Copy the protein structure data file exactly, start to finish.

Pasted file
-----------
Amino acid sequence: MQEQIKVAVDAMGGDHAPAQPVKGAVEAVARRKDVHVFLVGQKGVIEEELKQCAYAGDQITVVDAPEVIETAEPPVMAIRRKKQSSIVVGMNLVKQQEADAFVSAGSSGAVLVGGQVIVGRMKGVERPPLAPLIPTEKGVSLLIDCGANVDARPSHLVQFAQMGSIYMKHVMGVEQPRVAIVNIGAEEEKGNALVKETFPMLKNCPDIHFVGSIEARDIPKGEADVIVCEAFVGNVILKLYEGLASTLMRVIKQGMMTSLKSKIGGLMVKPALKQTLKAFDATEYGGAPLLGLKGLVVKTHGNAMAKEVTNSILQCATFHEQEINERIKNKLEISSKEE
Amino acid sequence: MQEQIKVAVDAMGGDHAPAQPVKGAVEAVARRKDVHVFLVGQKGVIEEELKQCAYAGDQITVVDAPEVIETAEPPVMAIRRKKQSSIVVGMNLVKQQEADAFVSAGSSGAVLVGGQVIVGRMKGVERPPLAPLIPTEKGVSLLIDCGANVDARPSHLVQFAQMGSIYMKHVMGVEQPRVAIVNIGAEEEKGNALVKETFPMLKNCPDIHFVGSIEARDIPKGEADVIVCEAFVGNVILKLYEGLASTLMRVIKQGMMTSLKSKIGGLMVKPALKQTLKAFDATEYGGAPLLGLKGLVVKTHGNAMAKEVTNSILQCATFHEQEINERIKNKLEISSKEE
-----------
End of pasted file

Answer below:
Amino acid sequence: MQEQIKVAVDAMGGDHAPAQPVKGAVEAVARRKDVHVFLVGQKGVIEEELKQCAYAGDQITVVDAPEVIETAEPPVMAIRRKKQSSIVVGMNLVKQQEADAFVSAGSSGAVLVGGQVIVGRMKGVERPPLAPLIPTEKGVSLLIDCGANVDARPSHLVQFAQMGSIYMKHVMGVEQPRVAIVNIGAEEEKGNALVKETFPMLKNCPDIHFVGSIEARDIPKGEADVIVCEAFVGNVILKLYEGLASTLMRVIKQGMMTSLKSKIGGLMVKPALKQTLKAFDATEYGGAPLLGLKGLVVKTHGNAMAKEVTNSILQCATFHEQEINERIKNKLEISSKEE
Amino acid sequence: MQEQIKVAVDAMGGDHAPAQPVKGAVEAVARRKDVHVFLVGQKGVIEEELKQCAYAGDQITVVDAPEVIETAEPPVMAIRRKKQSSIVVGMNLVKQQEADAFVSAGSSGAVLVGGQVIVGRMKGVERPPLAPLIPTEKGVSLLIDCGANVDARPSHLVQFAQMGSIYMKHVMGVEQPRVAIVNIGAEEEKGNALVKETFPMLKNCPDIHFVGSIEARDIPKGEADVIVCEAFVGNVILKLYEGLASTLMRVIKQGMMTSLKSKIGGLMVKPALKQTLKAFDATEYGGAPLLGLKGLVVKTHGNAMAKEVTNSILQCATFHEQEINERIKNKLEISSKEE